How are everyone’s Ash jeans coming along? We’re getting down to details now – you’ll be finished in no time! I’ve used the Ash jeans in this tutorial, but the steps for the Dawn jeans are exactly the same so you can follow along with both patterns. Today I’ll cover how to attach the waistband and belt loops. Two things that get a lot of wear and tear – I mean, you know you pull your pants up by the belt loops HA! So we want to take extra care to make them sturdy and secure.
For these steps, you actually start out with the belt loops, then switch to the waistband, and then finish off with the belt loops again last. Follow along below to see what I mean…
Oh, and as usual, you’ll need to switch between regular thread ad topstitching thread. I’ll let you know in each step what to use.
Let’s make some belt loops! Start by finishing one go of the long edges of your belt loop piece.
Fold the unfinished edge in, and then fold the finished edge over the top of that. So that the raw edge is encased.
Flip it over to the right side and put topstitching thread in your machine.
Stitch two lines of topstitching 1/4” apart.
Cut the long piece into five 3 1/2” long pieces. These are your belt loops.
The five spots that you will be placing your belt loops are: on the front – right next to the topstitching of both pockets, directly on top of the centre back topstitching, and the other two on the back – 1” from the side seams.
Place each belt loop in its spot right side down and pin. With regular thread, stitch in place 1” from the raw edge of the waist.
Now we’re going to move onto the waistband, and come back to the belt loops at the end.
Cut out 4 small 1” patches of fusible interfacing. Attach them to the wrong sides of the two waistband pieces, where the buttonholes and buttons will be.
With right sides together, place one of your waistband pieces on top of your jeans. Line up the waistline, matching up the notches. The waistband will extend 5/8” beyond both sides of the jeans (fly and fly extension.
With regular thread, stitch together 5/8” from the top edge.
Note: if your zipper teeth extend up that high, be careful when stitching over it so you don’t break your needle. When you reach the zipper teeth, hand crank your machine wheel to slowly go one stitch at a time over the teeth. The waistband seam will act as your new zipper stop.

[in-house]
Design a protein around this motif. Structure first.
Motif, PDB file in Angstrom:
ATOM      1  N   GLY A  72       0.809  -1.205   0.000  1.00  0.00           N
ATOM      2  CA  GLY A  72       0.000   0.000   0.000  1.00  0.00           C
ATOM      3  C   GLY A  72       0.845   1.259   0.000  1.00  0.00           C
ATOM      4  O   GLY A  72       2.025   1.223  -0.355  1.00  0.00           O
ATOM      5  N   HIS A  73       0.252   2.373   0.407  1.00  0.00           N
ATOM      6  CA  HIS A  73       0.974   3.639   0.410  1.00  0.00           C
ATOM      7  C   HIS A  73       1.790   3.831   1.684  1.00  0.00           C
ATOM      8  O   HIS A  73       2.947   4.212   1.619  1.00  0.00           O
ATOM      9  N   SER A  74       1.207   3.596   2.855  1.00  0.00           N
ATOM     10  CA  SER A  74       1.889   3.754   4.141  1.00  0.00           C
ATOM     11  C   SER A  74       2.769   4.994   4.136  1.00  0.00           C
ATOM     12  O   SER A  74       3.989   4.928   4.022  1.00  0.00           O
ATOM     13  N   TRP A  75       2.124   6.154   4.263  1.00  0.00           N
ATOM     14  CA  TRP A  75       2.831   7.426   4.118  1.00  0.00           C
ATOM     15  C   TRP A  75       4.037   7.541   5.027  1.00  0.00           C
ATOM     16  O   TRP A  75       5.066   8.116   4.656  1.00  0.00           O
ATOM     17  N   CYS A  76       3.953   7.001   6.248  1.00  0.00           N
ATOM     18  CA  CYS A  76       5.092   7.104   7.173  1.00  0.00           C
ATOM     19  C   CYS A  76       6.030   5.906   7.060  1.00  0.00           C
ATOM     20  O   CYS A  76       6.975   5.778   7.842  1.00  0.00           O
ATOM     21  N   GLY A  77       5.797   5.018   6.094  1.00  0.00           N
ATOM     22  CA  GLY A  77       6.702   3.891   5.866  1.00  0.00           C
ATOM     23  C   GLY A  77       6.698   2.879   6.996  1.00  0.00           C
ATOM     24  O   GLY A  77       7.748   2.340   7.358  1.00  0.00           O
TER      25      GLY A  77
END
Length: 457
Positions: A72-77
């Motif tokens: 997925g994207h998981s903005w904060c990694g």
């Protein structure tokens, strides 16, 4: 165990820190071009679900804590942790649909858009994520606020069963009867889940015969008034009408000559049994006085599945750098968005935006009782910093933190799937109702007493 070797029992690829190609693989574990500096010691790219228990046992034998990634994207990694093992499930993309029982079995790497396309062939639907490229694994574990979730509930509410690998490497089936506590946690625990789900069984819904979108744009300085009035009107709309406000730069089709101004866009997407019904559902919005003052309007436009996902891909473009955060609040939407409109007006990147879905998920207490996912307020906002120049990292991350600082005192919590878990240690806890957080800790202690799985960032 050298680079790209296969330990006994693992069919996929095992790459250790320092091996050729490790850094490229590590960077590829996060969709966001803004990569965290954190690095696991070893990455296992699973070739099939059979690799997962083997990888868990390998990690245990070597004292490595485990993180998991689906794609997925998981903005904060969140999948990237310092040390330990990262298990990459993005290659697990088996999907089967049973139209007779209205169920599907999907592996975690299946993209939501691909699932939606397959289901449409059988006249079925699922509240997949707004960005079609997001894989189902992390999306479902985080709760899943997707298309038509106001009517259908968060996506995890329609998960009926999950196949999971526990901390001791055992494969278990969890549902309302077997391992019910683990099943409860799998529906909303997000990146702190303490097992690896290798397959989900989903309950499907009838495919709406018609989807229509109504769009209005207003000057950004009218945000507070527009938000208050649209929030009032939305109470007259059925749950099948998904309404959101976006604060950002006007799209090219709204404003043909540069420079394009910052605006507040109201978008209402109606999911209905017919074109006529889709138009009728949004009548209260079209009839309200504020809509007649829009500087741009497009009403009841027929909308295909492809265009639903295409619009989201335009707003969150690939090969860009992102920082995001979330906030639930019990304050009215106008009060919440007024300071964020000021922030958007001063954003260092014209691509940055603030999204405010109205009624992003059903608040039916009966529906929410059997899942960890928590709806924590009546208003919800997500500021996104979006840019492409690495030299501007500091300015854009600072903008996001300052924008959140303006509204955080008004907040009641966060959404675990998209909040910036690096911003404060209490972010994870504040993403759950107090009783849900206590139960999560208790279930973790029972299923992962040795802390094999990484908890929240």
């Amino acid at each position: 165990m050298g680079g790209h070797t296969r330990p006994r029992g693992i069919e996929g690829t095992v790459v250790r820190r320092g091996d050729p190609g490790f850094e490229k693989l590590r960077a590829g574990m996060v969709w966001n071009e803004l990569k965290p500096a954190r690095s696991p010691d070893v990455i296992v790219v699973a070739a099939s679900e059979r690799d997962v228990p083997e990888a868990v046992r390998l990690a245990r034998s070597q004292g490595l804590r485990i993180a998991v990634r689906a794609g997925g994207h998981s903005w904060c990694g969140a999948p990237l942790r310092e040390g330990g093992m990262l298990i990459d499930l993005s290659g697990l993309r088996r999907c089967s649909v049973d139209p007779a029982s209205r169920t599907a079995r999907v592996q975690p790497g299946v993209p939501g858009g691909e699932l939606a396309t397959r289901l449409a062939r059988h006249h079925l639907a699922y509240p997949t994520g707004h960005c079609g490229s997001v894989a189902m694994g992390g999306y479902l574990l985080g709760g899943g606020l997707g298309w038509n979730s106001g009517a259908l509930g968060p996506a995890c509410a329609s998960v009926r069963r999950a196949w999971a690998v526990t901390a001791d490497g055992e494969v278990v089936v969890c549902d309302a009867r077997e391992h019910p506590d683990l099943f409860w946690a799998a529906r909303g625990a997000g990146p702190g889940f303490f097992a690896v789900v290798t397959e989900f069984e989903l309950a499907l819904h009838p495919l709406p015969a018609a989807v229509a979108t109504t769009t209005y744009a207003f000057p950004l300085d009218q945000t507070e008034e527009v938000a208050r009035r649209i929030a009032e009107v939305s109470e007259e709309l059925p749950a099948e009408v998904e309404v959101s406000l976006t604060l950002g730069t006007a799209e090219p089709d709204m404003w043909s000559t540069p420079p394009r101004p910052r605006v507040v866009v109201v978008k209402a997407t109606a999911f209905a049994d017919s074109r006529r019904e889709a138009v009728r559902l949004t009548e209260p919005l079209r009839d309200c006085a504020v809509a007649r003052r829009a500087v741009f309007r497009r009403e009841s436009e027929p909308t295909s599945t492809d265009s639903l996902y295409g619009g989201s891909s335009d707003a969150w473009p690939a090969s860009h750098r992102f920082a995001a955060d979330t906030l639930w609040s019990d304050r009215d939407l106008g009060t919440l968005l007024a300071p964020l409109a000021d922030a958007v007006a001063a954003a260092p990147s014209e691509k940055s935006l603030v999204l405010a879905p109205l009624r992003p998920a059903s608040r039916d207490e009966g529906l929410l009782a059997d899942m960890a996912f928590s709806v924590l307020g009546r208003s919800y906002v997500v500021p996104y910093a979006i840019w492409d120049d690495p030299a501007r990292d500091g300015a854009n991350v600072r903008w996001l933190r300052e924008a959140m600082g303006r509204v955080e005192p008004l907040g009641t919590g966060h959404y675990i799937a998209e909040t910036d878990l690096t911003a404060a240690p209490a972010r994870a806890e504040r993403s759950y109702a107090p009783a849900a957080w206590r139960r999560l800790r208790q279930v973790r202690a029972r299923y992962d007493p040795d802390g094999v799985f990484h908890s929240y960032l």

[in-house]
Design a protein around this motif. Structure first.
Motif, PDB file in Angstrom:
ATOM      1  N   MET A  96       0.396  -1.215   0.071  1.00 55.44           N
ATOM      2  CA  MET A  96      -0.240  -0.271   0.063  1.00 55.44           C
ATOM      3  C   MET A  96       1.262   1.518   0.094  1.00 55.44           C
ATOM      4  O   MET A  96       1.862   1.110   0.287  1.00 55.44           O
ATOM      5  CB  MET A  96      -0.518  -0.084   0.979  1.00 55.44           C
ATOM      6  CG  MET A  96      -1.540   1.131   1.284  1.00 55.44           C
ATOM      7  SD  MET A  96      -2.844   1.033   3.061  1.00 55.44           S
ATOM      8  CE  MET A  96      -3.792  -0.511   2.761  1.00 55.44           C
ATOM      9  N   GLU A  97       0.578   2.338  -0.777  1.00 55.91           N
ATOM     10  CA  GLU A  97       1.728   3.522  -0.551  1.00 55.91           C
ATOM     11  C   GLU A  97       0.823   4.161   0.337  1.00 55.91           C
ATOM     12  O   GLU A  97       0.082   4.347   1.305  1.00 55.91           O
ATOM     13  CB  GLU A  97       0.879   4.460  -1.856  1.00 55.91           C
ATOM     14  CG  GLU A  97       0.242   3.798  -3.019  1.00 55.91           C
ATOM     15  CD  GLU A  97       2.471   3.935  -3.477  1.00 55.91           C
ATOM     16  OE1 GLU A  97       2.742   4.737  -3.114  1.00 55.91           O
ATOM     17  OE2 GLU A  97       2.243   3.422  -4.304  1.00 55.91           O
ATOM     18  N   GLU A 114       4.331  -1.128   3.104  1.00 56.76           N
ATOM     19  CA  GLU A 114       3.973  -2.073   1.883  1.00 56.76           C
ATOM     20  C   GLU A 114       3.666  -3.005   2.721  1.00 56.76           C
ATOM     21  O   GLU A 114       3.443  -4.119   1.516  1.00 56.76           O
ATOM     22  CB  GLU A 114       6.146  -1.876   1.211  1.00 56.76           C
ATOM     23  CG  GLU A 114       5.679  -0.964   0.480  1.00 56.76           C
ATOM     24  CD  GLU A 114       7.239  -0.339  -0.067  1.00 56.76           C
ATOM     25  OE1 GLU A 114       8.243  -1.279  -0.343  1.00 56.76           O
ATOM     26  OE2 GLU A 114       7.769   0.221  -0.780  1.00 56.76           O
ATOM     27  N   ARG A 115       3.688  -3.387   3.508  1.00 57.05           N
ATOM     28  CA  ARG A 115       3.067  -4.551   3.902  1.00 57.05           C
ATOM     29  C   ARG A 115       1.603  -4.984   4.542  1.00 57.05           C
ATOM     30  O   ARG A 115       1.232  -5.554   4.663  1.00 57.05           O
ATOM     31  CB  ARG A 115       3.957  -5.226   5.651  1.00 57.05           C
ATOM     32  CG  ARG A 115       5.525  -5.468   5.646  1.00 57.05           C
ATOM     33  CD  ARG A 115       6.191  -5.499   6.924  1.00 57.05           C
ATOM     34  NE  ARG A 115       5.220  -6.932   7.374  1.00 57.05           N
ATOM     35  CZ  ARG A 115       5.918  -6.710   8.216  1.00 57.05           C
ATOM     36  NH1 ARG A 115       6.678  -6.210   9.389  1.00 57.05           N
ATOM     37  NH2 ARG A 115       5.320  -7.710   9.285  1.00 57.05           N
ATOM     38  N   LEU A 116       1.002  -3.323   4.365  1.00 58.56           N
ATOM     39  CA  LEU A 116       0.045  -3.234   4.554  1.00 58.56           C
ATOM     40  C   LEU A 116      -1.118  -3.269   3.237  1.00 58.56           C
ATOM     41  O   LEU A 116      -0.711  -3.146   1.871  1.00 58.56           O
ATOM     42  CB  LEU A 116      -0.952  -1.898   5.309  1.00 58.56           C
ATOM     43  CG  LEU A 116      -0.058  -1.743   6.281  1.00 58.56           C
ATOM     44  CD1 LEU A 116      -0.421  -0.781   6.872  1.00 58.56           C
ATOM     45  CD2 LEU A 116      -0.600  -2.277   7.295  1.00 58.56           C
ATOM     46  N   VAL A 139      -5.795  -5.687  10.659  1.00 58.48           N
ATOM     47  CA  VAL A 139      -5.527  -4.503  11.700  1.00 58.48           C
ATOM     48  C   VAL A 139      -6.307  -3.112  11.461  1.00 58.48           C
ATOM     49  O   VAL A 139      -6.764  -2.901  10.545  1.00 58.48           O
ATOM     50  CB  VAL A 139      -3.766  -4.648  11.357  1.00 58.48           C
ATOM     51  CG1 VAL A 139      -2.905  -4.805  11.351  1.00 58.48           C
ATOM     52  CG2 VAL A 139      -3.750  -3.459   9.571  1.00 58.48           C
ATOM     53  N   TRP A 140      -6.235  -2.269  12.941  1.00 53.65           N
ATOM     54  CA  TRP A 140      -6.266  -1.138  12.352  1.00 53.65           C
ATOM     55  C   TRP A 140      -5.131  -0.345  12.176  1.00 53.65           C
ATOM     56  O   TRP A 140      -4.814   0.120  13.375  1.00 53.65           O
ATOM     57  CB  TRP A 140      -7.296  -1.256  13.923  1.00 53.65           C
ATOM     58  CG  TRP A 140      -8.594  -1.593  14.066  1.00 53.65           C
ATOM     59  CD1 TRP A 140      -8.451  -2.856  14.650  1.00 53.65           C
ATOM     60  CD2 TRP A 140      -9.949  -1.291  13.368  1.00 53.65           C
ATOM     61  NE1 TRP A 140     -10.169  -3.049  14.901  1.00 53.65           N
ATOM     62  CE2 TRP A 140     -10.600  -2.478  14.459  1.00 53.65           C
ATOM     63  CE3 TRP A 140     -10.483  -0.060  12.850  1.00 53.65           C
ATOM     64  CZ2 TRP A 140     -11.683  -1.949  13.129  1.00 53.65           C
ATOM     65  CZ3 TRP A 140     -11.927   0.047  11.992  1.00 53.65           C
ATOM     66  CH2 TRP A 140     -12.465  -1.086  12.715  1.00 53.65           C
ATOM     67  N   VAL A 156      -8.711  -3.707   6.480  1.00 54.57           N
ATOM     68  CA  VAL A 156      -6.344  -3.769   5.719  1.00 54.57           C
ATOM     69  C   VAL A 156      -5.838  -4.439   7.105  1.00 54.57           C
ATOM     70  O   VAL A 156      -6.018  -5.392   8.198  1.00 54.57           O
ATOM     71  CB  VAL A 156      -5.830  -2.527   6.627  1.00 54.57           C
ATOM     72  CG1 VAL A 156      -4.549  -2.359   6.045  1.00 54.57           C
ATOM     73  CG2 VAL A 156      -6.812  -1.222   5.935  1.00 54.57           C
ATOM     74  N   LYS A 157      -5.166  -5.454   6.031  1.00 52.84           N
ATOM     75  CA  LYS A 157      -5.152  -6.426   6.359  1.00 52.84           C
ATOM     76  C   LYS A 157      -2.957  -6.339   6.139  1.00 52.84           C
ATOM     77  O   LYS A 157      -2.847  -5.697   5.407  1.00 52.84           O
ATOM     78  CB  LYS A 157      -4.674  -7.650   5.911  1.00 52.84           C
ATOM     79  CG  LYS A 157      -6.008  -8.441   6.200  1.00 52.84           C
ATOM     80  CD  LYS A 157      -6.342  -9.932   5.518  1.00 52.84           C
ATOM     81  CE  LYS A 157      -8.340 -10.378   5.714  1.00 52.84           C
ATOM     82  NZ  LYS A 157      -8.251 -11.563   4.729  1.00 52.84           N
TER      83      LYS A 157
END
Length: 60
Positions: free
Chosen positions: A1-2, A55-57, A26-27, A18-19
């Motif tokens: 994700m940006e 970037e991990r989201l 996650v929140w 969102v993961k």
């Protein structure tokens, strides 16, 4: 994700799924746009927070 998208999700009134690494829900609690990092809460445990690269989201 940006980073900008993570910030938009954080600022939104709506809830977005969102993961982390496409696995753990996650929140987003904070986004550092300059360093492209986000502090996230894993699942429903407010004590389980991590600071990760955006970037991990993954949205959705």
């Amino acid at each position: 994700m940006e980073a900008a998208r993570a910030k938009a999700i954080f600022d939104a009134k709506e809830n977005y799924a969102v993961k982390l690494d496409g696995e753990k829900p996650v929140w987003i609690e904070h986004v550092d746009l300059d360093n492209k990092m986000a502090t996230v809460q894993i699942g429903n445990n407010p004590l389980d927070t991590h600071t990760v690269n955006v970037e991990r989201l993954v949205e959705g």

Then press the waistband and seam allowance up and away from the jeans.
On the second waistband piece, fold up the bottom edge of the waistband by 5/8”
With right sides together, place the two waistbands piece together, lining up the top edge and making sure notches line up. Pin in place.
Still using regular thread, sew along the short sides and long top edge of the waistband 5/8” from the edge, pivoting at the corners. Along the sides, the stitching should line up with the very edges of the fly and fly extension.
Clip the corners and trim the seam allowance.
Turn the waistband the right way around, and shape the corners to a square. Press well, making sure that the inner waistband doesn’t show at the top, and that it covers the waist seam at the bottom.
Switch to topstitching thread. On the right side, stitch around the entire edge of the waistband, 1/16” from the edge. Pivot at the corners.
When you’re stitching along the bottom of the waistband, make sure you are catching the inner waistband as you go. And when you go over the metal zipper, be careful to go slow, crank to handwheel by hand if you must, to go between the zipper teeth and make sure you don’t break your needle.
Do not backstitch with the topstitching. Instead, use a needle to bring the top thread to the inside and knot.
BACK TO BELTLOOPS
Now that the waistband is in place, we can finish up the belt loops.
Flip the belt loops up, and turn under the raw edge so that the top of the belt loop lines up with the top edge of the waistband. Pin in place.
Using topstitching thread, stitch across the top and bottom edges of the belt loops with a bar tack (we went over bar tacks when we put together the fly front).
If your machine is having a hard time sewing a bar tack through that many layers of denim (mine struggled!), you could just do a row or two of regular stitches with your topstitch thread, instead of bar tacks. Or use a hammer to compress the layers and make it easier to sew.
You want to make sure you have them nice and secure! You know belt loops can take a lot of wear – poor things get pulled on all the time when we pull on our pants. So make those stitches heavy and sturdy so they don’t rip!
LOOKING FOR MORE ASH AND DAWN POSTS?
Here is the full list of Dawn and Ash jeans posts:
- Where to buy jeans making supplies
- How to adjust rise
- How to lengthen or shorten the inseam
- How to sew flat felled seams
- Fly front
- How to sew a button fly
- How to sew an exposed button fly
- Front pockets
- How to finish pocket bags with french seams
- Back pockets, yoke, and back seam
- Inseam and side seams
- Belt loops and waistband (this post!)
- Buttonhole and hem
- How to install rivets and jeans buttons
- How to distress denim
- Tips for embroidering jeans
We absolutely love seeing what you make, so don’t forget to tag your creations with #MNdawn or #MNash and @megannielsenpatterns when sharing on social media, and check out what everyone else is up to!